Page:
should be divided between the widow and all the children, and that the homestead should be retained for the use and occupation of the widow and her four children until her death and the death or marriage of her daughters, when the said homestead property should be sold and the proceeds divided among all the children of the testator.
In pursuance of this arrangement, a deed was executed whereby all the parties in interest conveyed to John Riggles and George W. Evans the remaining lots in square 179, in trust to sell and dispose of the same, to pay and discharge all taxes and assessments due upon the lots in both squares, and, after paying and discharging all liens, taxes, and assessments upon all the property, to distribute the remainder of the proceeds between the widow and children in equal proportions, share and share alike, and
"that the said deed was made and executed by all of the parties, including the defendant Hannah Erney (who executed the said deed as Hannah Riggles), upon the distinct agreement and condition that whenever under the said will and testament that the said property in square 199 should be sold, the proceeds of such sale should be applied and distributed in the same manner."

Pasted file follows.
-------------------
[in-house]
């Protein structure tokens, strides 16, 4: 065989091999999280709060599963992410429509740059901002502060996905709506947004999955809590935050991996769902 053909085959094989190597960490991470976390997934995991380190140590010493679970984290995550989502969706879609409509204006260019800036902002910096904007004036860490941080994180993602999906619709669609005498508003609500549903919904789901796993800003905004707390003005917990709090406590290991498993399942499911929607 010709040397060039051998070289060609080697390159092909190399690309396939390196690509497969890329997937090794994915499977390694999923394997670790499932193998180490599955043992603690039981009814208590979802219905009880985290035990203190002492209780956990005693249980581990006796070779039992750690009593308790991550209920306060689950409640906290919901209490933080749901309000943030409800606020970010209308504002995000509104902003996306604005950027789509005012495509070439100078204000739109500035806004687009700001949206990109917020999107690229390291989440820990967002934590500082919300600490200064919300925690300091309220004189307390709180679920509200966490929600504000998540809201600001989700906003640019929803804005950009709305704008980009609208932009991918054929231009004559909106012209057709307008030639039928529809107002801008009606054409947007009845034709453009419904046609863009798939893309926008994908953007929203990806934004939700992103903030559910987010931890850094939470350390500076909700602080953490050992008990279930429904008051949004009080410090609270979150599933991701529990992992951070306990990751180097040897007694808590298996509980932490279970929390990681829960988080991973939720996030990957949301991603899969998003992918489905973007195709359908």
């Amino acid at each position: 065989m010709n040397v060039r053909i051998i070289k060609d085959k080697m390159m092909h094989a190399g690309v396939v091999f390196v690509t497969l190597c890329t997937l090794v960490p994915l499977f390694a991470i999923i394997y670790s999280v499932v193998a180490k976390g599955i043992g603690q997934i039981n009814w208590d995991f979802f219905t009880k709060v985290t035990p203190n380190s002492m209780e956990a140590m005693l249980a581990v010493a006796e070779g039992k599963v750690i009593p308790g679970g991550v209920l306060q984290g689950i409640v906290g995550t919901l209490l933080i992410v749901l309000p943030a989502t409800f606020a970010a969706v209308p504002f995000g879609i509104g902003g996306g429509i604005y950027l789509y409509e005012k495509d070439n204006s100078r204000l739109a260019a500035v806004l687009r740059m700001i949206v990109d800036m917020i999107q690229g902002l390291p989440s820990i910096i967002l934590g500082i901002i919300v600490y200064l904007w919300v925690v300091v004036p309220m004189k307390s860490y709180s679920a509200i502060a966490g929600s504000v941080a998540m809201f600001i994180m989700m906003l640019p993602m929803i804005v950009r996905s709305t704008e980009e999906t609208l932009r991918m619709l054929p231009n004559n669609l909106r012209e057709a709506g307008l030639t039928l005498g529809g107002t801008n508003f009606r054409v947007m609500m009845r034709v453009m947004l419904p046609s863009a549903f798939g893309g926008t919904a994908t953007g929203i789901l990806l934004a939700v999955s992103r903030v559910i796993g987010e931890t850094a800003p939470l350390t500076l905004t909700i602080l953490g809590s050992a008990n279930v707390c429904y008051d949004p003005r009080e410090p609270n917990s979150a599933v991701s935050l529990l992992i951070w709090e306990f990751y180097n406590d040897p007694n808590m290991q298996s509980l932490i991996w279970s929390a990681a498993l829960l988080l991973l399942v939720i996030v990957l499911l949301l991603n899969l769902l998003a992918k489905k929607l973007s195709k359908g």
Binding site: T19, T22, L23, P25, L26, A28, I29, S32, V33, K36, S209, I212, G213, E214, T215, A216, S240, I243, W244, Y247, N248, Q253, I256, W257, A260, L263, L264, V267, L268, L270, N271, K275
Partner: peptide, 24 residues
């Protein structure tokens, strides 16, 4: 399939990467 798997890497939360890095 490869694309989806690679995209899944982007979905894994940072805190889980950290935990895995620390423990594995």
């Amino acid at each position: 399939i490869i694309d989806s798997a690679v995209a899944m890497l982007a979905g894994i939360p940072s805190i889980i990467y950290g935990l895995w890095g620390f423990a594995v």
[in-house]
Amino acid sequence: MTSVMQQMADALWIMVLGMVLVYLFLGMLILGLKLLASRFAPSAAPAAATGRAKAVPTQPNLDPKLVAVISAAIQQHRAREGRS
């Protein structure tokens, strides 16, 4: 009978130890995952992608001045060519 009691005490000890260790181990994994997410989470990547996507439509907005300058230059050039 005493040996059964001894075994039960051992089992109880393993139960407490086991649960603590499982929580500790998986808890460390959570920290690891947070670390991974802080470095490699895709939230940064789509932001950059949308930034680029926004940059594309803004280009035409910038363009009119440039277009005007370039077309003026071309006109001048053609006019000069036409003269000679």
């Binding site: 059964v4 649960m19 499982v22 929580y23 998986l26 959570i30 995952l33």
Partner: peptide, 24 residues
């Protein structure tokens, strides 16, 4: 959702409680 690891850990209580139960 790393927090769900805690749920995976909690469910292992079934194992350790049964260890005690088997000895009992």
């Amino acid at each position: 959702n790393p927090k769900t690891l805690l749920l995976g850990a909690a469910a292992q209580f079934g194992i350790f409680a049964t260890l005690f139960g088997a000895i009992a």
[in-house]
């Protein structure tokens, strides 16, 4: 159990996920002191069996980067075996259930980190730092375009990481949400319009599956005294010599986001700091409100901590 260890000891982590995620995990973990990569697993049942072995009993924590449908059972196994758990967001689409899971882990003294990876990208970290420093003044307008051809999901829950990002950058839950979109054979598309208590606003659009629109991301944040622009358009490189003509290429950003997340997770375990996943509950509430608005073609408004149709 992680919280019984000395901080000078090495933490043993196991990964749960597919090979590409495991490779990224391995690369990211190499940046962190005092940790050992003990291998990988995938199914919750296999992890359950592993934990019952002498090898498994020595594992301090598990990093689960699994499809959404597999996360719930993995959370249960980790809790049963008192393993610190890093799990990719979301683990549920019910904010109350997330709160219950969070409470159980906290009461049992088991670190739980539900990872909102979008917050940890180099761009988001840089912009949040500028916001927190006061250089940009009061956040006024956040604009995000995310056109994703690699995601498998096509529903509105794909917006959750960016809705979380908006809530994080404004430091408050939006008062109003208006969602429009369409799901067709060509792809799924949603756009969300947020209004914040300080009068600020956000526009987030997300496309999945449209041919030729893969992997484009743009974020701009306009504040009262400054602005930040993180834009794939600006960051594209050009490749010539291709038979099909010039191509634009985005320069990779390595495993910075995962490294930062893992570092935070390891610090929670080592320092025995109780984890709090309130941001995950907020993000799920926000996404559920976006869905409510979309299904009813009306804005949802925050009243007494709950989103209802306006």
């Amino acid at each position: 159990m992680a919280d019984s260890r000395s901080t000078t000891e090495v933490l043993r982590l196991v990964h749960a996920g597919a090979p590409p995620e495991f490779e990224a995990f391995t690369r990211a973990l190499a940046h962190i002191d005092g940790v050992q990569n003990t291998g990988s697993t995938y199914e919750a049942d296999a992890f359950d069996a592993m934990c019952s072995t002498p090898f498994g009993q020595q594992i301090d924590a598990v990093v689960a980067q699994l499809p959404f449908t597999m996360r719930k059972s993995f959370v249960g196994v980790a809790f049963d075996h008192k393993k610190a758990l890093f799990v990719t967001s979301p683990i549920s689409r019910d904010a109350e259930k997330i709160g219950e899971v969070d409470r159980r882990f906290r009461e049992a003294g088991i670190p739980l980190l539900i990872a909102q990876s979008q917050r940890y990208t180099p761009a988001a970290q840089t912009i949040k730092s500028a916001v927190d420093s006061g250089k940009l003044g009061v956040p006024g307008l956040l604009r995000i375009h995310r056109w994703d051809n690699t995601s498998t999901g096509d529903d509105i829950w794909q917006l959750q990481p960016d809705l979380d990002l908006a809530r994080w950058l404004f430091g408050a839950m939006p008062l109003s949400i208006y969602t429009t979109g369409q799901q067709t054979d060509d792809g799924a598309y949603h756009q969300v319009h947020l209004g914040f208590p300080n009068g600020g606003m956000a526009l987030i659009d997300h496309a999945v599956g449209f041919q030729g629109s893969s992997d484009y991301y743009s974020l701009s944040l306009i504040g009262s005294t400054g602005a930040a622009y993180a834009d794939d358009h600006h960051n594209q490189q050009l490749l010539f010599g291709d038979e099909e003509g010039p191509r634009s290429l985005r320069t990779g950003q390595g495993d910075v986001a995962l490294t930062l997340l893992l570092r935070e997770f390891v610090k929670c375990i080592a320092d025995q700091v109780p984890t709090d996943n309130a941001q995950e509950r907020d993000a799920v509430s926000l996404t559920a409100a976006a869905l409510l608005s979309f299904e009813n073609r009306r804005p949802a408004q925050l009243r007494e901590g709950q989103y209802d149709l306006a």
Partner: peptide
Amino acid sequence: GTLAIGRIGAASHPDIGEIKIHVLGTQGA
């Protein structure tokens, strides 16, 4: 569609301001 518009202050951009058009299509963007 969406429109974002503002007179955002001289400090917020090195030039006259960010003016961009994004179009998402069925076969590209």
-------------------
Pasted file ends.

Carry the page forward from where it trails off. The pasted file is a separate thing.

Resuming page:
The trustees, Riggles and Evans, proceeded under this arrangement, sold the lots in square 179 from time to time, paid the liens and encumbrances upon the property, as well as taxes and assessments, paid and discharged the indebtedness contracted by the widow and her four children, including defendant Hannah Erney, for their maintenance, and also advanced to the widow the further sum of $500, the said payments on account of the said homestead property, and of the maintenance and support of the widow and her four children, amounting to nearly $3,000. After such payments the trustees divided the remainder of the proceeds among all the children of the testator, the share so paid to each of the devisees being over $3,000 and such distribution being made strictly in pursuance of the original agreement.
That the period has arrived when the lots in square 199 should be sold, and the proceeds divided; that the widow is